By Foo Yun Chee
BRUSSELS (Reuters) -The European Commission announced a new data transfer pact with the United States on Monday, seeking to end the legal uncertainty plaguing thousands of companies that transfer personal data across the Atlantic.
The move was immediately criticised by non-profit group noyb, led by privacy activist Max Schrems, which said it would challenge the agreement.
The commission and the United States had been struggling to reach a new agreement after Europe’s top court annulled two previous pacts that underpinned the transfer of personal data across the Atlantic for services ranging from cloud infrastructure to payroll and banking.
The commission, the EU’s executive arm, said measures taken by the United States ensured an adequate level of protection for Europeans’ personal data transferred across the Atlantic for commercial use.
It said new binding safeguards, such as limiting U.S. intelligence services’ access to EU data to what is “necessary and proportionate” and the establishment of a Data Protection Review Court for Europeans, address the concerns raised by Europe’s top court.
U.S. President Joe Biden welcomed the data transfer pact and said it reflected a “joint commitment to strong data privacy protections.”
EU justice chief Didier Reynders said he was confident of fending off any legal challenge.
“The principles of the data privacy framework are solid, and I am convinced that we have made significant progress which meets the requirements of the European Court of Justice case law,” he told a news conference. “I am very confident of fighting, defending the new data agreement.”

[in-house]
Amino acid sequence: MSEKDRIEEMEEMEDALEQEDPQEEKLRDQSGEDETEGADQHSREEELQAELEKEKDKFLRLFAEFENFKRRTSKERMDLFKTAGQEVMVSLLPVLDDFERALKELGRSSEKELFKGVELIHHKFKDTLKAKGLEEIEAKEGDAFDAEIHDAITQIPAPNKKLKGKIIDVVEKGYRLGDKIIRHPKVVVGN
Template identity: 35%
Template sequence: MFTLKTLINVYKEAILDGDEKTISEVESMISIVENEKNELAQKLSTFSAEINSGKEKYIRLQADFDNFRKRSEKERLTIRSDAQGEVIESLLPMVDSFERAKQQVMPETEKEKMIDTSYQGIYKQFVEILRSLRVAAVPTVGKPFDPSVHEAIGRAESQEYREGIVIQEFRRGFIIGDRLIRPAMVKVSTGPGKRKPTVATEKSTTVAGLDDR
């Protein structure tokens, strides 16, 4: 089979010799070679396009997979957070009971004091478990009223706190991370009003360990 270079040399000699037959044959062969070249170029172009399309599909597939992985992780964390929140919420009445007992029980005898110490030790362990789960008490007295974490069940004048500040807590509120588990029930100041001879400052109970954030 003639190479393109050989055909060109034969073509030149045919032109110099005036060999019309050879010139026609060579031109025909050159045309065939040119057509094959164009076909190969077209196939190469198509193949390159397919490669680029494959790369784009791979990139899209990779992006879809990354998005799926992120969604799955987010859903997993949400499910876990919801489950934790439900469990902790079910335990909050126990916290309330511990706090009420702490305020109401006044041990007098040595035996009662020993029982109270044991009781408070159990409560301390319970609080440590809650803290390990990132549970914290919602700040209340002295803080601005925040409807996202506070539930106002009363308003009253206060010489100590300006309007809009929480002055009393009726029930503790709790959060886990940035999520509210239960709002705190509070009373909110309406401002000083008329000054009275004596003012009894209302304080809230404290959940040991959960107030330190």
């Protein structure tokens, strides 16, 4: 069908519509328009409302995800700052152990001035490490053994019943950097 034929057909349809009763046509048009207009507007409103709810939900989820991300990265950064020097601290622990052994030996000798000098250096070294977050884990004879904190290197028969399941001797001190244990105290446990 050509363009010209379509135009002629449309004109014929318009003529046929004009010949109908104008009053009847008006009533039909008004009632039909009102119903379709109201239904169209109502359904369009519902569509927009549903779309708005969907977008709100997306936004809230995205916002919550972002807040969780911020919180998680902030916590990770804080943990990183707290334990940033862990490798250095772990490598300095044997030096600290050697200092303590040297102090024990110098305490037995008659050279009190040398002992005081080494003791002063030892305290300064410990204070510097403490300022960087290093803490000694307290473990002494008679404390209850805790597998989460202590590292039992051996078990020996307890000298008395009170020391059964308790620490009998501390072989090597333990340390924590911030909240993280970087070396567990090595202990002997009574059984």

But Schrems said the latest revision was inadequate.
“Just announcing that something is ‘new,’ ‘robust’ or ‘effective’ does not cut it before the Court of Justice. We would need changes in U.S. surveillance law to make this work,” he said in a statement.
“We have various options for a challenge already in the drawer, although we are sick and tired of this legal ping-pong. We currently expect this to be back at the Court of Justice by the beginning of next year,” Schrems added.
Lobbying group DigitalEurope, whose members include Airbus, Amazon, Apple , Ericsson, Nokia, Philips and Samsung, welcomed the deal.
“Data flows underpin the EU’s annual 1 trillion euros of service exports to the United States, and this decision will give companies more confidence to conduct business and help our economies to grow,” its director-general, Cecilia Bonefeld-Dahl, said.
Earlier this year, the EU’s privacy watchdog, the European Data Protection Board, said the latest data agreement still fell short and urged the commission to do more to protect Europeans’ privacy rights.
Europe’s top court scuppered the previous two deals after challenges by Schrems because of concerns about U.S. intelligence agencies’ accessing European citizens’ private data.
(Reporting by Foo Yun Chee; Additional reporting by Kanishka Singh in Washington; Editing by Philip Blenkinsop, Christina Fincher and Leslie Adler)
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